Pivots and reinventions of the traditional bookstore towards more localized and experiential business models, aided by the rise of social media, have also been exciting to watch. 

This past year pandemic-related closures have certainly presented unique challenges for many booksellers. I’m very hopeful for these retailers that this chapter is coming to a close with the vaccine rollout. That said, with so many families finding themselves mostly at home this past year, we saw an increase in sales. With kid’s books, in particular, I think the uptick had much to do with parents, like myself, regularly seeking non-screen content to engage kids.

I think the future for publishing is bright and that in order to be so, it will ever increasingly need to be more friendly, diverse, and inclusive. I also don’t see any signs of human beings’ ancient love of telling and hearing stories slowing down. The incredible spectral utility of books, from mere entertainment to tools of learning, change, and course correction in humanity’s journey, should hopefully only continue to grow. 

Issue: June Newsletter

Mentor: Jennifer Delaney

Position: Production Director

House: Charlesbridge

So, the first question is a bit of a two-parter—to start off, what brought you to publishing, and how did you end up working as a production director?

Get comfortable, because my path is a long and winding one! To begin with, I wasn’t much of a book reader. I am now, but in my past, I was more into magazines and I always had a love for children’s books. When I started college, I didn’t know what I was going to major in, so I basically took courses in a variety of subjects hoping something would pique my interest. My strengths were actually in math and science, but I didn’t particularly like those subjects. It wasn’t until I took a creative writing course and a drawing course that everything clicked. But SUNY Binghamton was more known for their science and math curriculums, and I knew that I would pretty quickly exhaust what resources they had in the writing and arts departments. However, by the time I had made that realization, it was already too late to transfer, so I ended up taking a year off.

It was during that gap year in Burlington Vermont that I got a job (one of the many part-time gigs I juggled in order to pay my rent) at The Vermont Times newspaper editing their calendar section. This was my first taste of publishing, and I was hooked. The job included tasks such as research, content development, proofreading, and paste-up design. I loved the variety, which I think is what over the years drove me toward production.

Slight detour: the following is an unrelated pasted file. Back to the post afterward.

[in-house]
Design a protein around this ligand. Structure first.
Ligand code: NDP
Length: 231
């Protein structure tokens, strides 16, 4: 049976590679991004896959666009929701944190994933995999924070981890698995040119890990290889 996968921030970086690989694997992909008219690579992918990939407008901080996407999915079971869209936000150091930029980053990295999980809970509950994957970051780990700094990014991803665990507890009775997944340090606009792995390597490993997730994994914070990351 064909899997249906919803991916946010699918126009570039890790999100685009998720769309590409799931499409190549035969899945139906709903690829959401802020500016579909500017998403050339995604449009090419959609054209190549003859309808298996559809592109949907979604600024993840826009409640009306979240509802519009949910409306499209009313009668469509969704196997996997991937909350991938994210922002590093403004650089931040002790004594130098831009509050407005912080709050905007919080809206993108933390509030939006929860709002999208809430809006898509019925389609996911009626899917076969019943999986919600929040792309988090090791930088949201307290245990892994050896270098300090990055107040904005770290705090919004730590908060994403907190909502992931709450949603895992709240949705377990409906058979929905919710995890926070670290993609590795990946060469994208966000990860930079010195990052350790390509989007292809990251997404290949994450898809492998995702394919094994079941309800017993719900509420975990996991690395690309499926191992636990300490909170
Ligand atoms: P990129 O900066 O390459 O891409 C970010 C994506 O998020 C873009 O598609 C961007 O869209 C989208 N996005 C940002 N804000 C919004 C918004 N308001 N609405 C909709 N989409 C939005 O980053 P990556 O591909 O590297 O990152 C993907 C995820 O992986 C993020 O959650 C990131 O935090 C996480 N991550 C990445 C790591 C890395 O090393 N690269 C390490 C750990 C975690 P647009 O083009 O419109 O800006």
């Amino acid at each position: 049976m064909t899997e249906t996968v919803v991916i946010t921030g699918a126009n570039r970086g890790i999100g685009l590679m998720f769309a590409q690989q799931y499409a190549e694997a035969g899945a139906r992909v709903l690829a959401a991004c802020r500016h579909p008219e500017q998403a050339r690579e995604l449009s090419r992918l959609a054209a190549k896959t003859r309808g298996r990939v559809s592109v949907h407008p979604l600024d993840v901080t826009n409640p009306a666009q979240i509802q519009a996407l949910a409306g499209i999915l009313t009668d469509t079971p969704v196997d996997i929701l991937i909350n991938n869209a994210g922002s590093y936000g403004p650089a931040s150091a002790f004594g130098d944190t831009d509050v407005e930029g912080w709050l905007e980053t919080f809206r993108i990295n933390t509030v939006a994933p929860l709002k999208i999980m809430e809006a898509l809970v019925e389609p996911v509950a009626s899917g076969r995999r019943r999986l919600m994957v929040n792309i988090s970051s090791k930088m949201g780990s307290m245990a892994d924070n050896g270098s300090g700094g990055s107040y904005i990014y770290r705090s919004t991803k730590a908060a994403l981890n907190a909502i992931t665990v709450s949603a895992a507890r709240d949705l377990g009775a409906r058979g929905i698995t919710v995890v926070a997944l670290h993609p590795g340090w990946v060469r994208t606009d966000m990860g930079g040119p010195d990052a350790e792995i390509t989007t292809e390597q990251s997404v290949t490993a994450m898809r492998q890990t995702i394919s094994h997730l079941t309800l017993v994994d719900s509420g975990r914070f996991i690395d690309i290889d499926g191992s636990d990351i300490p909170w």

I ended up transferring to Connecticut College, and I designed my own major, since I now knew exactly what I wanted to do. It always amazed me that publishing is generally not a “major” even at liberal arts schools, so I pieced together the courses I thought would serve me well. I treated it more like a graduate program and focused my coursework on writing, editing, and illustration (in the form of photography and ceramics). For my senior project, I created a photo essay called, “‘Til Death Do We Part,” which included interviews and black and white portraits of couples who had been married more than 50 years. It was exhibited at the Cummings Art Center and was the first project I fully conceived, created, and produced.

My first full-time publishing job was with Discover Connecticut Magazine, and this is where I fell in love with producing printed pieces. The entire publishing team was just myself and the editor, Pam Starkey. I ended up handling the design and the production, as well as occasionally generating content, writing, and editing. I was entirely self-taught, and I learned whatever I needed to get the job done. I learned the ins and outs of printing, which I found fascinating. One of the things I also really liked about production is that it incorporated my strong math, business, and general organizational skills. Quoting manufacturing, negotiating pricing, managing schedules, and understanding the technical aspects of printing and binding, all relied on those basic skills.

My next job brought me to the Boston area, where I worked for Bob Adams, Inc., later known as Adams Media. I did production for three career-related magazines, and that was my first experience managing a staff. I loved it! I also had my first experience with a challenging manager, which taught me skills in navigating difficult professional relationships, which I would carry with me through much of my career. When I realized the magazine division was to be sold off to Kaplan, I started networking. A friend of mine had a relative working as a children’s editor at Little, Brown. I got an interview there and landed my DREAM job working as a production coordinator for the Children’s book division.

Children’s books have always been a passion of mine, so producing books for Little, Brown was the pinnacle for me, and I did that for about three years. However, I, unfortunately, was faced once again with a manager that was more concerned about her own reputation than my growth, and repeatedly undermined my ability to do my job. Thankfully, I had a very good relationship with her manager, and he saw promise in me that allowed me to pivot my career at the company. At this time, Little Brown was becoming more under the influence of its parent company, AOL Time Warner, and a position opened up for Reprints Manager of all of Time Warner Trade Publishing, which included Little, Brown Children’s and Adult, Warner Books, and Bulfinch (art and coffee table books). I desperately wanted to get out from under my current management situation and I saw this as the perfect opportunity. However, this job was very demanding and at quite a higher level, and although the senior manager believed in me, even he thought this was a stretch. But, I convinced him to give me a shot. The job had me juggling 400+ reprints at all times, and my first major task was quite the test. Oprah’s Book Club was just starting up—and some of her first picks were Little Brown books. It was all very top-secret, with code words and everything, and if anything leaked there was the danger of Oprah pulling out, leaving us with 700,000 copies we couldn’t sell. It was crazy busy, and super stressful at times, but I absolutely loved it!